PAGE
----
In what was likely his last major policy move, Defense Secretary Chuck Hagel announced Friday the formation of a new agency to coordinate disparate efforts at accounting for and recovering the missing and dead from the nation's wars.
The new agency within the Defense Department, which has yet to be given a name or a home headquarters, would merge the Defense POW/MIA Office (DPMO), the Joint POW/MIA Accounting Command (JPAC), and several forensic laboratories under a new director to be appointed by President Obama.
Navy Rear Adm. Mike Franken, the former vice director for strategy at U.S. Central Command, will lead the new agency as interim director during the consolidation until a permanent director is named when the agency is fully operational next year.
Air Force Maj. Gen. Kelly, McKeague, commander of JPAC, will serve as interim deputy director, and the Pentagon's oversight of the new agency will be led by Christine Wormuth, the Defense undersecretary for policy. Wormuth's chief advisor on POW/MIA issues will be Army Lt. Gen. Michael Linnington, a veteran of Iraq and Afghanistan.
In a statement, Hagel, who announced his resignation in November and is awaiting the conformation of Ashton Carter as his replacement, said that the main goals of the new agency were to end the bureaucratic infighting that has plagued recovery efforts in the past. It will also seek to communicate and coordinate better with the families of the missing.
"America will remain committed to always bringing home our missing and fallen," Hagel said. "The decisions we are announcing today will ensure we honor that solemn obligation."
Last year, Hagel appointed a Personnel Accounting and Consolidation Task Force to review recovery efforts following complaints from the families and Congress over "dysfunction" in the management system.
The non-partisan Government Accountability Office also issued a report citing "long-standing leadership weaknesses and a fragmented organizational structure" within the existing structure of the POW/MIA accounting and recovery system.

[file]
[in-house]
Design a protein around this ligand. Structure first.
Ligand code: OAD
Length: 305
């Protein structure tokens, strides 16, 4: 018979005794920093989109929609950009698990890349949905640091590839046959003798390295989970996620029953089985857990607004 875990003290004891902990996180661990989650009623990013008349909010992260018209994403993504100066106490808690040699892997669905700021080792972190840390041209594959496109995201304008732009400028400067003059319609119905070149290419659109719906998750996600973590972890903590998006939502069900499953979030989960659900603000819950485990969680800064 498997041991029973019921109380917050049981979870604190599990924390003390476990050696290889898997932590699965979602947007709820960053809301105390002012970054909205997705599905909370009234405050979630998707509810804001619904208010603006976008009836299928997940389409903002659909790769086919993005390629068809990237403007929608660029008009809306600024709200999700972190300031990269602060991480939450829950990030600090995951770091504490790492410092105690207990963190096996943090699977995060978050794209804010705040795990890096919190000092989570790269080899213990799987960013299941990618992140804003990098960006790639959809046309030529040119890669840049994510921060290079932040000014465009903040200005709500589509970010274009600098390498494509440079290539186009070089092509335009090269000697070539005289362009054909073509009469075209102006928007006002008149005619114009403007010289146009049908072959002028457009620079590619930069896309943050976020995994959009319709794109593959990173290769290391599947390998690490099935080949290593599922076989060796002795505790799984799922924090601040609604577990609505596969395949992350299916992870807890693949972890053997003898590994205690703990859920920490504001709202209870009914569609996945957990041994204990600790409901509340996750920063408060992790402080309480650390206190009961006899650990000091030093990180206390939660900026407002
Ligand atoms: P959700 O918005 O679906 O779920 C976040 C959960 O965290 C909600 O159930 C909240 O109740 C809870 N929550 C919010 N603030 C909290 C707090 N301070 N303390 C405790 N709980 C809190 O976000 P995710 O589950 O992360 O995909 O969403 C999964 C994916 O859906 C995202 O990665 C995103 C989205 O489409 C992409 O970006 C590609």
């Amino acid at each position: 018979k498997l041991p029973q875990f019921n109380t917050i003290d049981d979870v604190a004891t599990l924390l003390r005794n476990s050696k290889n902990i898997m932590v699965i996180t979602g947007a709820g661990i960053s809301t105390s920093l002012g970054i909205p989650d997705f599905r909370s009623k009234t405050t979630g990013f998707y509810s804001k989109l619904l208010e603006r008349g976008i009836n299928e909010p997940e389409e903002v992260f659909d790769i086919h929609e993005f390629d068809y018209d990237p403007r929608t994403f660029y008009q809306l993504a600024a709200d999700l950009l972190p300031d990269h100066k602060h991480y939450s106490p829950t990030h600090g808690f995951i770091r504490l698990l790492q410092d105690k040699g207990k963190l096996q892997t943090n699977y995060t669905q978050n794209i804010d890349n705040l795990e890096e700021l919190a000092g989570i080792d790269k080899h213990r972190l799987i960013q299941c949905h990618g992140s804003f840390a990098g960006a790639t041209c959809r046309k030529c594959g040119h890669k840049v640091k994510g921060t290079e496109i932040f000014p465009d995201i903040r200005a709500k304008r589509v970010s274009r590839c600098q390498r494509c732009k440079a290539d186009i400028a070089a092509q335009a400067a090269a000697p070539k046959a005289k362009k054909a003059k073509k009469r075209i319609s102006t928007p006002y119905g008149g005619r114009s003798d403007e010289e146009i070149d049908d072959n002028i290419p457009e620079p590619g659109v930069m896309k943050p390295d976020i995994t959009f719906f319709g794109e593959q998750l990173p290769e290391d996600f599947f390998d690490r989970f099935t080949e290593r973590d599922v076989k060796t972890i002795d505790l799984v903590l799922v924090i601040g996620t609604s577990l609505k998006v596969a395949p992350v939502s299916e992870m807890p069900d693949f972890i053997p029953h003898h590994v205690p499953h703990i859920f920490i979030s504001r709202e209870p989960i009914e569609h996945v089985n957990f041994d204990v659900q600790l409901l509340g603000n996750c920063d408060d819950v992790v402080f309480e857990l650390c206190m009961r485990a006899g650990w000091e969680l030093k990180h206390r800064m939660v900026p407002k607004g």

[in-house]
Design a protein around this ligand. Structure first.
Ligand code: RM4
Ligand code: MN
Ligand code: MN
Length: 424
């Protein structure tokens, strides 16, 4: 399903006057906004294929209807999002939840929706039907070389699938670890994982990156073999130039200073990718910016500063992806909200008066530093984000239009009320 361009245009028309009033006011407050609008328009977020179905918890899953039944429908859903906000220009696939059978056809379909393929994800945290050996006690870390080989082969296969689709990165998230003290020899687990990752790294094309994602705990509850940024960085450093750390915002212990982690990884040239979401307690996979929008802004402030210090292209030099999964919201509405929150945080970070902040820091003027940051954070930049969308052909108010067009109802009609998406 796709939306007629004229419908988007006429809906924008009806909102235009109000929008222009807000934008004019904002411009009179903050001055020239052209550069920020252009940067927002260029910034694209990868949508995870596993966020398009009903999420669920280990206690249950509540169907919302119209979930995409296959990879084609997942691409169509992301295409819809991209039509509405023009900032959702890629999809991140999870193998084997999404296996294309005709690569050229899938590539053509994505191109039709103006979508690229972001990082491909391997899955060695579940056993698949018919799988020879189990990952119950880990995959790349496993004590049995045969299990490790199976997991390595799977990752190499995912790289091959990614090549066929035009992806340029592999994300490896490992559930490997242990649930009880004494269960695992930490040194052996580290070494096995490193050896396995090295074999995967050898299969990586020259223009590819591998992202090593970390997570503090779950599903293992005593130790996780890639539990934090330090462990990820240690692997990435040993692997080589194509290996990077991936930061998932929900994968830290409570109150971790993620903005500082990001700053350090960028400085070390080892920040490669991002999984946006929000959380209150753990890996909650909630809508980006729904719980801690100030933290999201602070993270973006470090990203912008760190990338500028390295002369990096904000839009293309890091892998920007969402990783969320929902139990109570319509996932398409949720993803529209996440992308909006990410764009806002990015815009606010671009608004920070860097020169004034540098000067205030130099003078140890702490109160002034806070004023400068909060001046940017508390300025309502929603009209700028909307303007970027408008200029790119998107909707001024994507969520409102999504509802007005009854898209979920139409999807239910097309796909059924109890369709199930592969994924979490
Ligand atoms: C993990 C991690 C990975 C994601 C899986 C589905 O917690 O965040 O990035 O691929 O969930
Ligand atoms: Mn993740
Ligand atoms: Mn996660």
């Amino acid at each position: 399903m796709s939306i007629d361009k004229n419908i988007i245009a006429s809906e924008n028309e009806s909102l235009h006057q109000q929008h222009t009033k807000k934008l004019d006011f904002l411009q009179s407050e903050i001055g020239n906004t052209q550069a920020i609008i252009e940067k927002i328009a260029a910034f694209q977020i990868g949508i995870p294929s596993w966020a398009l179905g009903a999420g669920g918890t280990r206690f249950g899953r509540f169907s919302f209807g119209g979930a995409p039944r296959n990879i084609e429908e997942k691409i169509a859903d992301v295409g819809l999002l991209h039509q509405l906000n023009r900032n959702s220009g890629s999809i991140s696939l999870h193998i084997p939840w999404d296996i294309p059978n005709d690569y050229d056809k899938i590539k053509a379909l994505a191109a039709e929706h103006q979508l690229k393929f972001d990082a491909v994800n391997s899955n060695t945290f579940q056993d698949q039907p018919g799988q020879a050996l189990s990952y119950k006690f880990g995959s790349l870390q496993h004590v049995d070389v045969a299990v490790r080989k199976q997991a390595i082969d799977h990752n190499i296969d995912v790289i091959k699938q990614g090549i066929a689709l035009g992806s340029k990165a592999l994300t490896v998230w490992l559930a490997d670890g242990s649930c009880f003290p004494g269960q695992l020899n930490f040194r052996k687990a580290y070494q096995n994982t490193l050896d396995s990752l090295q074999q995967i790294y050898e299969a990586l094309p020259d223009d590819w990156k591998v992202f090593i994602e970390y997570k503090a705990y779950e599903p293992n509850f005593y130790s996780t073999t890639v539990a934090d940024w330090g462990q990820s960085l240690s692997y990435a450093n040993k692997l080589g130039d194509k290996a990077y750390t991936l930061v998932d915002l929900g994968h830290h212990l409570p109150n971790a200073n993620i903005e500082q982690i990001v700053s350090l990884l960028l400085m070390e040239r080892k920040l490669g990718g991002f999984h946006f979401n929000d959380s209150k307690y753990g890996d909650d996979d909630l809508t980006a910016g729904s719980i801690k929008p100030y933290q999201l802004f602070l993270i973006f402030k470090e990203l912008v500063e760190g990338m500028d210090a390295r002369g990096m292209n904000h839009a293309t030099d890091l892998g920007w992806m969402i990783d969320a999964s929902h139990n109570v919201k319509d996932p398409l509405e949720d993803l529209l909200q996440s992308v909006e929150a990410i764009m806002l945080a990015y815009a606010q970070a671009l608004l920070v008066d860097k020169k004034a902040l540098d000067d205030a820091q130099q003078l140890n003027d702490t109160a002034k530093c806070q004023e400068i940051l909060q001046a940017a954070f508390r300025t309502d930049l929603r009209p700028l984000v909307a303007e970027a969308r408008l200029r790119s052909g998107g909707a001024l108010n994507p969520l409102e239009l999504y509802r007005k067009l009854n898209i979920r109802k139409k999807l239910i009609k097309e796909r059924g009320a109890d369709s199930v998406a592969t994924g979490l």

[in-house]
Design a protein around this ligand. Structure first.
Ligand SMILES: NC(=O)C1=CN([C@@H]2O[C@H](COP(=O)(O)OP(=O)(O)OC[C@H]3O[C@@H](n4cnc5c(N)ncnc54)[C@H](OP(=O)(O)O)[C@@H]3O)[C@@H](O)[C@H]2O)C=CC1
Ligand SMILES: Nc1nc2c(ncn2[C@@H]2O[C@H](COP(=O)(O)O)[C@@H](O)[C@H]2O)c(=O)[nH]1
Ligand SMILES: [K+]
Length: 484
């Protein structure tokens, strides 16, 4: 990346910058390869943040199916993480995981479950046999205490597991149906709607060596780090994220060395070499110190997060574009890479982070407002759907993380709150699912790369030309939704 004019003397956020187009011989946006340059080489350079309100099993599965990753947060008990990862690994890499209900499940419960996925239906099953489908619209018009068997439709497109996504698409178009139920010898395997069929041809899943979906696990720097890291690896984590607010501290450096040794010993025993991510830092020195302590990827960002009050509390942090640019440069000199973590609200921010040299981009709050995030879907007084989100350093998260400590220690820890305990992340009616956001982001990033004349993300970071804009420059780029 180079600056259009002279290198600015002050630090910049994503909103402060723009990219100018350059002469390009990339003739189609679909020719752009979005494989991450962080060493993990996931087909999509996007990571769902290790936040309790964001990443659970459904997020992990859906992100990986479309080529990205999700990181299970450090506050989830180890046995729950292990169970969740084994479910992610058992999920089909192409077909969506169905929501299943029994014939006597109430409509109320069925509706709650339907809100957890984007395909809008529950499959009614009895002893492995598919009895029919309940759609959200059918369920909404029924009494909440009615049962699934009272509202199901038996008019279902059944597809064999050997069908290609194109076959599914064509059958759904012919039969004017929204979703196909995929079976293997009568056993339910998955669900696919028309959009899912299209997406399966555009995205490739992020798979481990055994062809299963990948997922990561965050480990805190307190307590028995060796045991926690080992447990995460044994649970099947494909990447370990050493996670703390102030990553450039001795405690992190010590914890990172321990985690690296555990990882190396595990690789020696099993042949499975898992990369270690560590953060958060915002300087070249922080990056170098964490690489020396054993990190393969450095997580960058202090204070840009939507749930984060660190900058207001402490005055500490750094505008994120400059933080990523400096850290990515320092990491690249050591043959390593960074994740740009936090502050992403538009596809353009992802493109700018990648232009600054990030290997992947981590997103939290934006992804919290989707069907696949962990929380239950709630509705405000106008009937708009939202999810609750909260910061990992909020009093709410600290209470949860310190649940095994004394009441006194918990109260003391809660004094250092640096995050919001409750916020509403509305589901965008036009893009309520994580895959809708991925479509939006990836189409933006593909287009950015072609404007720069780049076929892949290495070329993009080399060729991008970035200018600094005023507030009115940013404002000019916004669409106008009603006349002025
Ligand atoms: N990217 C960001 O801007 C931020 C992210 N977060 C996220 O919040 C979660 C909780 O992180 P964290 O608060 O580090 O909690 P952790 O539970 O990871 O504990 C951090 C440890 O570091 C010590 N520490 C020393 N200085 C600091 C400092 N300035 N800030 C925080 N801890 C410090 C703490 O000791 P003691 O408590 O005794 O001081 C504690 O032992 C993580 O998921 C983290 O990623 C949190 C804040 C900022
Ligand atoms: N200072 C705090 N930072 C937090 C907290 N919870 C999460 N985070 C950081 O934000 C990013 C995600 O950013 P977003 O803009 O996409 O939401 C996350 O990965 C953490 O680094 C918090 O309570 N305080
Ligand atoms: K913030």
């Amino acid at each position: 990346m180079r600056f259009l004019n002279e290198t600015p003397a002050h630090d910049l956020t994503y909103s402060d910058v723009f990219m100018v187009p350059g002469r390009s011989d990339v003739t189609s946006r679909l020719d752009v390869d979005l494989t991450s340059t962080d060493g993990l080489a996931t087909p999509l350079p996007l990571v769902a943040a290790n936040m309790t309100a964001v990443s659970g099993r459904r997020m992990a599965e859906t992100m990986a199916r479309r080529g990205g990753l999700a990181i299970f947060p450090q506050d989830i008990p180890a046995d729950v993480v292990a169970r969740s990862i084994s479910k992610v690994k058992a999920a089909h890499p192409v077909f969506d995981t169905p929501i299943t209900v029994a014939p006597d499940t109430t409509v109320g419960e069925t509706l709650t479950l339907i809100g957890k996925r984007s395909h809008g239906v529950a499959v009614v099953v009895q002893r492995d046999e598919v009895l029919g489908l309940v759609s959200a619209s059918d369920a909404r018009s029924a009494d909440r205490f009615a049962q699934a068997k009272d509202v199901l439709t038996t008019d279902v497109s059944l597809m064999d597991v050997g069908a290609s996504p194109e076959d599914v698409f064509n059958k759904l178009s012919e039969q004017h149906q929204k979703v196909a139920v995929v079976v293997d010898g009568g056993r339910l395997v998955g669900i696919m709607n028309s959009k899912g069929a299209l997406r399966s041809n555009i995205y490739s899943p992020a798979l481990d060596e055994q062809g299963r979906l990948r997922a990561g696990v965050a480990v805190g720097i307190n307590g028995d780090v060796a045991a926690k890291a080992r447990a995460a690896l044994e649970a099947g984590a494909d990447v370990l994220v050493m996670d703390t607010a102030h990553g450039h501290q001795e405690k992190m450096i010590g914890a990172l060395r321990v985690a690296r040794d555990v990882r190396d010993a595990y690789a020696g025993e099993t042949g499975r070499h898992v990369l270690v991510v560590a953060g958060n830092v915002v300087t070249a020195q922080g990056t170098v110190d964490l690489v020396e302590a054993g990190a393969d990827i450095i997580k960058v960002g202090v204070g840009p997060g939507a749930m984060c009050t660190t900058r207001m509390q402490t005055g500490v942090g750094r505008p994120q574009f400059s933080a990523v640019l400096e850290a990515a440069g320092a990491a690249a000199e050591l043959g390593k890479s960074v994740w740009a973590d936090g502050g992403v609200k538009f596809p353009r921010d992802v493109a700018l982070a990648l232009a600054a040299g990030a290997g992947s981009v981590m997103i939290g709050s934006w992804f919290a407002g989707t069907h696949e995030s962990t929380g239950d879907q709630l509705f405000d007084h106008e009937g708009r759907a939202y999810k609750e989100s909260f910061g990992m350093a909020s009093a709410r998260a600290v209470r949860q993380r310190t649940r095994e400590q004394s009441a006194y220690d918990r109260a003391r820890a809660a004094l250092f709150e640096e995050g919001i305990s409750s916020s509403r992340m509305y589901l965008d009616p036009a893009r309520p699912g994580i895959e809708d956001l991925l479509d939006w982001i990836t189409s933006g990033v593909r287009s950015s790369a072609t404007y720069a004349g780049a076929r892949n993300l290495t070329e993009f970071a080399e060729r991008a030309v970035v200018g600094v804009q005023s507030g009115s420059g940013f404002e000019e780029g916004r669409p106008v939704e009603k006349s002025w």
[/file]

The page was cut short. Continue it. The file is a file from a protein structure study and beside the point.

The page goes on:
Prior to the announcement, the interim leadership of the new agency met with veterans service organizations and representatives of family groups including Ann Mills Griffiths, head of the National League of POW/MIA Families.
Griffiths said she was inclined to be skeptical but added that the changes outlined were "long overdue and hopefully there'll be a positive result."
Bob Wallace, executive director of the Veterans of Foreign Wars, said after the meeting with Franken, McKeague and Linnington that they "want to listen, want to engage." There will be areas of disagreement going forward, Wallace said, "but at least we're dealing with credible individuals."
More than 80,000 service members have been listed as missing since World War II, including more than 7,800 from Korea, and Hagel had been under pressure to meet a Congressional mandate that the Defense Department identify the remains of at least 200 MIAs annually by 2015.
At national POW/MIA Day ceremonies in September, Hagel said that in 2014 the country had accounted for 71 service members from World War II, Korea and Vietnam, compared to 61 in 2013.
"While this improvement is good, we must do better -- we will do better -- not only in more effectively accounting for our missing personnel, but also ensuring that their families receive timely and accurate information," Hagel said.
-- Richard Sisk can be reached at email@example.com